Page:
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Setting Up a Patient’s Referral Appointment

Don’t be afraid to take control.

The vast majority of ophthalmic surgical patients are referred to surgeons by optometrists. Some optometrists fear that sending a patient to another provider will mean that the patient is lost forever. However, taking charge of the referral process demonstrates to the patient that you are trustworthy and concerned about their long-term health, which helps ensure their eventual return. Building relationships with referring ophthalmologists helps smooth the patient’s transition from OD to MD back to OD. Plus, the better a referring ophthalmologist knows an optometrist, the more likely that ophthalmologist will trust him or her with a patient’s postoperative care.

Having started my career in a bustling surgical practice with a high referral volume and then transitioning to an optometric private practice with multiple doctors, I can speak from both sides of this issue. I’ve assembled a few tips for an optometrist who is considering taking control of their patient’s referrals.


A rule of thumb: Refer promptly when the problem presenting is not within the realm of your treatment expertise or scope of practice. For many patients this will be when surgical intervention is required.

Ophthalmology has many subspecialties, offering a vast array of providers from which to choose, including ophthalmic plastic surgery, cornea/external disease, cataract/refractive surgery, glaucoma, vitreoretinal disease, pediatric conditions, and neuroophthalmology.

Rather than providing a patient with a list of practices and allowing him or her to choose a doctor, ODs should choose the provider who best suits the patient’s needs. This choice may be based on specialty, surgical skill, or even bedside manner.

Explaining to your patient that the ophthalmologist to whom you are referring them has experience in a particular field of eye care will instill confidence in the referral and will reassure the patient that you are in control of their ocular health. When the OD says, “Mr. Jones, I want you to see Dr. Gupta to help with your cataract surgery because I think that her personality and practice style best fit your needs and wants,” the OD stays at the helm of the patient’s health.


Get to know your referring doctors. This can be done by attending their education seminars or visiting their offices to introduce yourself. Putting a face to the name on the referral is an important part of building a working relationship. Whenever possible, exchange telephone numbers so you can promptly refer important cases or offer patient management advice.

Technology is also important. Knowing about the surgical and medical platforms used by your referring ophthalmologists allow for a more seamless referral process because the optometrist better understands the type of care the patient will receive.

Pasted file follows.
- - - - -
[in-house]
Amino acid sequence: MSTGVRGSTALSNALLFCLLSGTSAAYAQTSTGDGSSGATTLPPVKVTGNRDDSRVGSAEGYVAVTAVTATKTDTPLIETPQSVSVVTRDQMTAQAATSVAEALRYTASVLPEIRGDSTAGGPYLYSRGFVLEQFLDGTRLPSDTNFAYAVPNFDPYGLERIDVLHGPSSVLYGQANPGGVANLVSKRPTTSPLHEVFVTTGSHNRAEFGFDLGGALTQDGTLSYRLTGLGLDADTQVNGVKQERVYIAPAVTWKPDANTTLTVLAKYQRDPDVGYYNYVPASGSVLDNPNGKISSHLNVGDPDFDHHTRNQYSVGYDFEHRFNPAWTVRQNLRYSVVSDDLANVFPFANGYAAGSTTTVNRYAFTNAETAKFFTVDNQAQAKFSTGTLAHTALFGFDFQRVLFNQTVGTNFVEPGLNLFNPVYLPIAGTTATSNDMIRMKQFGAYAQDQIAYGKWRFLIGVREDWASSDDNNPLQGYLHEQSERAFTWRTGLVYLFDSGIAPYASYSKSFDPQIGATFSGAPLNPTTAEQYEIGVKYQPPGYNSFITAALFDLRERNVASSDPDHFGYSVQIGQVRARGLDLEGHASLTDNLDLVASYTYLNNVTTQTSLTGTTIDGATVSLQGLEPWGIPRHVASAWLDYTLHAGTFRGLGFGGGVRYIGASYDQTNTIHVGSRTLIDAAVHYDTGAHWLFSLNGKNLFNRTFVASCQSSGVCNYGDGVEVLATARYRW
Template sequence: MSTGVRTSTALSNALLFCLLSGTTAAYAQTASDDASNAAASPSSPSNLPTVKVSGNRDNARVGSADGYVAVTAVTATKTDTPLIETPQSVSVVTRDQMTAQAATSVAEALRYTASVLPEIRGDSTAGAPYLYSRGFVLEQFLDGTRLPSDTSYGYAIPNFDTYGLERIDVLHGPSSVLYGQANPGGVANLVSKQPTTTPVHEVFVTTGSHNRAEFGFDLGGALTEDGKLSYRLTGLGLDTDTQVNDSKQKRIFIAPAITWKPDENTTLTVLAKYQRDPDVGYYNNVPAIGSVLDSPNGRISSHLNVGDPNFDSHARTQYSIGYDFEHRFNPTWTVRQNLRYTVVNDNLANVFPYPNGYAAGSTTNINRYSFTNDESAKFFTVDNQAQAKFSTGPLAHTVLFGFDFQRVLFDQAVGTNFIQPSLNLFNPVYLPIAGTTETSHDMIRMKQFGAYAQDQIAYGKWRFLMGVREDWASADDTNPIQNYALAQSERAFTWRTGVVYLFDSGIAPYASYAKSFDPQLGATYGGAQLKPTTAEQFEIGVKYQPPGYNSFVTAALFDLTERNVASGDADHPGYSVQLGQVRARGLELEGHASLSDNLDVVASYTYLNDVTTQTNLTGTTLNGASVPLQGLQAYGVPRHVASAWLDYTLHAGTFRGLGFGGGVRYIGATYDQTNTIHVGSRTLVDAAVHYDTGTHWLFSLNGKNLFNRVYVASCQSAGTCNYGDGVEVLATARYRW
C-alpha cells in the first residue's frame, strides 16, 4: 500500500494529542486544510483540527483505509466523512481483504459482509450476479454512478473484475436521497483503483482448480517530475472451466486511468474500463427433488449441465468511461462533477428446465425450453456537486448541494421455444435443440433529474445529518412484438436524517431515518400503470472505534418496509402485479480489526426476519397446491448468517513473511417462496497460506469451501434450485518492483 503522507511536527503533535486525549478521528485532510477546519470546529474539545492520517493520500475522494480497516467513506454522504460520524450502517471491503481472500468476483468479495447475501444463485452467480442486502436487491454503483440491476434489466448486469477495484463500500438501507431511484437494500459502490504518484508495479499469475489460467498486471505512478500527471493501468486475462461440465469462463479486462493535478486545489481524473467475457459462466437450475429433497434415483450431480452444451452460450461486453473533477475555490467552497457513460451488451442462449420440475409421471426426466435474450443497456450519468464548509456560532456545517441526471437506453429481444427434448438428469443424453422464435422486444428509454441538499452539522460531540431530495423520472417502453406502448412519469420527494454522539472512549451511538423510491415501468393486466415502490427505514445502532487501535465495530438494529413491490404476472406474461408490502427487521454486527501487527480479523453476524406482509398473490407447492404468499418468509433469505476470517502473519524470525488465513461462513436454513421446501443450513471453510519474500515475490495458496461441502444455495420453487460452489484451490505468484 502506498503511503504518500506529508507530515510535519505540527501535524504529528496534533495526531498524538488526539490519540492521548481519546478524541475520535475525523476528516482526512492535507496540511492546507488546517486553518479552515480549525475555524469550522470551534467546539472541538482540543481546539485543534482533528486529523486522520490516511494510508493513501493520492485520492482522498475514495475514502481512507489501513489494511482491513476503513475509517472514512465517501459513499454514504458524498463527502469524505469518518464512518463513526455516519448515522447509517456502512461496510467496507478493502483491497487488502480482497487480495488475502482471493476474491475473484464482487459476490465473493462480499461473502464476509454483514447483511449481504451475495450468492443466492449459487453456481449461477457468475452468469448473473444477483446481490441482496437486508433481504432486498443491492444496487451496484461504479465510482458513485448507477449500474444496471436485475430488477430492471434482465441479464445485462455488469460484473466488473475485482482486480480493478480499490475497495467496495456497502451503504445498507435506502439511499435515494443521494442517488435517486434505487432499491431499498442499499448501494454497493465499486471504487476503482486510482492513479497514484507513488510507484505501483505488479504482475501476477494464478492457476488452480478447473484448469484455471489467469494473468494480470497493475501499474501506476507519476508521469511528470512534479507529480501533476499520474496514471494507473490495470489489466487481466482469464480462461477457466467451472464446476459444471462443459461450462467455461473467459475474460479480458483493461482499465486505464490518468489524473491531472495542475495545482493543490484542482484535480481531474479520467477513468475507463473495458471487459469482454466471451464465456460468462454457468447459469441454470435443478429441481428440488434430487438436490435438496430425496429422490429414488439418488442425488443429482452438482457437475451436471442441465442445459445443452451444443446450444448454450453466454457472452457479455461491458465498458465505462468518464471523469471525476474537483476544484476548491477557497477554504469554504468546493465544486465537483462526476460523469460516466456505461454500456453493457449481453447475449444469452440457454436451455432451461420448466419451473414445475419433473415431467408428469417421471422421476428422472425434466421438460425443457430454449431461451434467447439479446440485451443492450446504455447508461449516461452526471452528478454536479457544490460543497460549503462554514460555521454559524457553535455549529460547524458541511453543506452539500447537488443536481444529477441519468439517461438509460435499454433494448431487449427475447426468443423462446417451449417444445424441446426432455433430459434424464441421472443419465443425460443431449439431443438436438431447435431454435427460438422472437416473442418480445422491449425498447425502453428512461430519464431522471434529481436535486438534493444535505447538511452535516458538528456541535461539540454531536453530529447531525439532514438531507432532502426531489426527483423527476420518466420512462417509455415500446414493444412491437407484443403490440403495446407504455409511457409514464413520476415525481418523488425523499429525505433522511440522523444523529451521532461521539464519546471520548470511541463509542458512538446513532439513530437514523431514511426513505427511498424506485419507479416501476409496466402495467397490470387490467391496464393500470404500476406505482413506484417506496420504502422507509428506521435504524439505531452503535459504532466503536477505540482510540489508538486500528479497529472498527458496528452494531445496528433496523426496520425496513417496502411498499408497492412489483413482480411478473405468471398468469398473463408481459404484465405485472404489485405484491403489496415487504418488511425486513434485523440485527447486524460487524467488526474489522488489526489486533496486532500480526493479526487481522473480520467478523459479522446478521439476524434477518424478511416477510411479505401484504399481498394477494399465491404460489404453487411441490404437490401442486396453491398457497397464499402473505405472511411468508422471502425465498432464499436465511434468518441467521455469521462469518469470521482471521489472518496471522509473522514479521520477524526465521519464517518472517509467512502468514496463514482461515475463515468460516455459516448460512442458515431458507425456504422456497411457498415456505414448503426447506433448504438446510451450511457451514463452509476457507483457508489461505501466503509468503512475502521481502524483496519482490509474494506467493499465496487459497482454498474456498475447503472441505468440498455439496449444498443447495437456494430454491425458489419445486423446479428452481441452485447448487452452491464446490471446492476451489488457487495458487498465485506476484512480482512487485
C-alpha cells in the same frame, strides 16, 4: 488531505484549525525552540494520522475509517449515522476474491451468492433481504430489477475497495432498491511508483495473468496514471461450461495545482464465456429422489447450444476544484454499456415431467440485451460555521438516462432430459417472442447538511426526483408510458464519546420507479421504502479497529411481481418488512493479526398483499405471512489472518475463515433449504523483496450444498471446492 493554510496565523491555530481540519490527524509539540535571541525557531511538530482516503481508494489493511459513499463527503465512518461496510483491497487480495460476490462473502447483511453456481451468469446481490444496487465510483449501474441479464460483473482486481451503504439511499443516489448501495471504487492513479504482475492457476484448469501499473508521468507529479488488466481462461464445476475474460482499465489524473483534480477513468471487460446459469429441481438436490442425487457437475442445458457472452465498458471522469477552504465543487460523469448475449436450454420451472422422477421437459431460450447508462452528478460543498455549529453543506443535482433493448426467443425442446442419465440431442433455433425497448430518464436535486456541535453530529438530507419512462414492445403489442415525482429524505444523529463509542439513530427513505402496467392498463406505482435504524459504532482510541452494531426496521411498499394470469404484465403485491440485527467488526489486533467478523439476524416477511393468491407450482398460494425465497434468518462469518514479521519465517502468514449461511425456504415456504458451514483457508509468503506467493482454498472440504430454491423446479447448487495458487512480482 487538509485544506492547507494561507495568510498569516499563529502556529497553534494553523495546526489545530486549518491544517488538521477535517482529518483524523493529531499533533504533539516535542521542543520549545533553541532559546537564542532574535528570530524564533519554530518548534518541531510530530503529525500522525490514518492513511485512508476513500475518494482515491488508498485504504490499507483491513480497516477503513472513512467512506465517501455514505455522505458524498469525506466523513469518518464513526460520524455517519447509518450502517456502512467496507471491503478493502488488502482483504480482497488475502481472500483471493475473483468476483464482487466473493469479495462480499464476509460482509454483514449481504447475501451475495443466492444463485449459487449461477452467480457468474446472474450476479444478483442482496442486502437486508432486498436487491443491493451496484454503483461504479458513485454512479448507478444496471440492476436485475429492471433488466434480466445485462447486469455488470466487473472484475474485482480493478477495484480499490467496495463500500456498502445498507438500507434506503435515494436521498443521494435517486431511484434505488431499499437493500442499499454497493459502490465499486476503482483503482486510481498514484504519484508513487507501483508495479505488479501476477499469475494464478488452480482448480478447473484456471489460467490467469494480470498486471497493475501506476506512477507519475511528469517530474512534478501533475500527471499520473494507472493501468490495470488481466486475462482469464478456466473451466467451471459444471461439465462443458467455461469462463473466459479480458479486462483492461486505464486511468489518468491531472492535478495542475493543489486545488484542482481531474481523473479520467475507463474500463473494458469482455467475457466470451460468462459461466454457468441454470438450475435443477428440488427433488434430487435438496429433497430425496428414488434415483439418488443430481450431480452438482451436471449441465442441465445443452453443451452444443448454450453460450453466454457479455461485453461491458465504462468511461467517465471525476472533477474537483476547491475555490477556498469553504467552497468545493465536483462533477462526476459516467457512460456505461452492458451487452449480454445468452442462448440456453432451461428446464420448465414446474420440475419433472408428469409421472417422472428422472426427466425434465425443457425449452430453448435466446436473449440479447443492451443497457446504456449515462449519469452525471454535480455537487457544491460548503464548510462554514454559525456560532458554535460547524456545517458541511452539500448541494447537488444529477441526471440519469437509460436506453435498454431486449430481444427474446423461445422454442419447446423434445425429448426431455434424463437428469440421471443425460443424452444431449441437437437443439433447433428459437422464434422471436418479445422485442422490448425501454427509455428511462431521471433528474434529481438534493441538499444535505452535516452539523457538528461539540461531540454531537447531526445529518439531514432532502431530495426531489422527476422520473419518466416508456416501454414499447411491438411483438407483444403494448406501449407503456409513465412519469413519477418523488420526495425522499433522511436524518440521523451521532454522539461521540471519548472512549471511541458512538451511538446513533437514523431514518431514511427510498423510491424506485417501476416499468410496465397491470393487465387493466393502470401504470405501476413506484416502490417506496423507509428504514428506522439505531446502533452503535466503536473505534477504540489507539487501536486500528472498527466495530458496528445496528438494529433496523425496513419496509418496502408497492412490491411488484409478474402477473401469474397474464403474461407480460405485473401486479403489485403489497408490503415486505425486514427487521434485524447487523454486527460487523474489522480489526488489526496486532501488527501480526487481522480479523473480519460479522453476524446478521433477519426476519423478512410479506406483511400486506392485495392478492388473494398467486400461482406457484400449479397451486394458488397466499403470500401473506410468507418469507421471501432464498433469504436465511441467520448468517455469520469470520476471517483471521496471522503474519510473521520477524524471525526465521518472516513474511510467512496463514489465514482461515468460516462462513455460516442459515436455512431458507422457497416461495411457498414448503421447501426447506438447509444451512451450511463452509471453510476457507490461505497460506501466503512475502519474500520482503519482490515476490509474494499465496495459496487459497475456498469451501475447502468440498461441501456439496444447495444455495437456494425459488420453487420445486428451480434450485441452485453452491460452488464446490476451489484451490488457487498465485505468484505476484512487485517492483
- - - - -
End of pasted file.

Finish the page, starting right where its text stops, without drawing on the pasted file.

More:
Ask questions to your referring surgeons. Knowing about surgical complication rates, patient satisfaction percentages, and office flow dynamics may help you choose the right surgeon for each particular patient.


Your office staff should book an examination with the referring surgeon after you and the patient decide which ophthalmologist would best fit their needs. It is imperative that the optometrist takes a leading role in this part of the eye care continuum. You are the expert. Giving the patient a list of doctors in the area to call is not good practice, as this increases the chance that the patient will not contact the surgeon you recommended—or may not follow up at all.

Booking an appointment for the patient, or preappointing the patient, allows direct communication between ODs and surgeons. Write a letter introducing the patient and their specific needs, and include any test results that may help shorten their visit at the surgeon’s office. If the referring surgeon requests any paperwork prior to referral, complete these forms and send them to the surgeon’s office. Don’t be afraid to request an update on the patient via a letter or a call.

Preappointing the patient will build a relationship with your office staff and the referring doctor’s office staff. These staff interactions are key, as they help to ensure the patient returns to your office. Patients who need to reschedule a surgical consultation should do so with the provider you recommended.


After an appointment has been arranged, your staff should note on a calendar the upcoming surgical consultation. Write the patient’s name and the referring doctor’s name on the date of the scheduled examination. This allows you to be on the lookout for correspondence.

Keeping an active role in referrals will help assure the patient’s prompt return to your practice. Don’t be timid. Call the referring doctor to request correspondence and ask questions as needed. If patients seem to disappear into the deep abyss, call the office to let them know. Sometimes the patient needs to be reminded that follow-up is needed, and other times the surgeon’s office may have simply made an oversight.


Optometry should take the lead in the referral process, rather than punt the patient to a random surgeon and hope for the best. Communication is key to successful referrals and is a two-way street. If you are not happy with the way patients are being treated, then you have the power to change your referral source. Don’t be afraid to take control.

Leslie E. O’Dell, OD, FAAO
  • Editorial board member, CollaborativeEYE
  • Director of Dry Eye Center of PA, Wheatlyn Eye Care, Manchester, Pennsylvania
  • leslieod@hotmail.com; @helpmydryeyes
  • Financial disclosure: None
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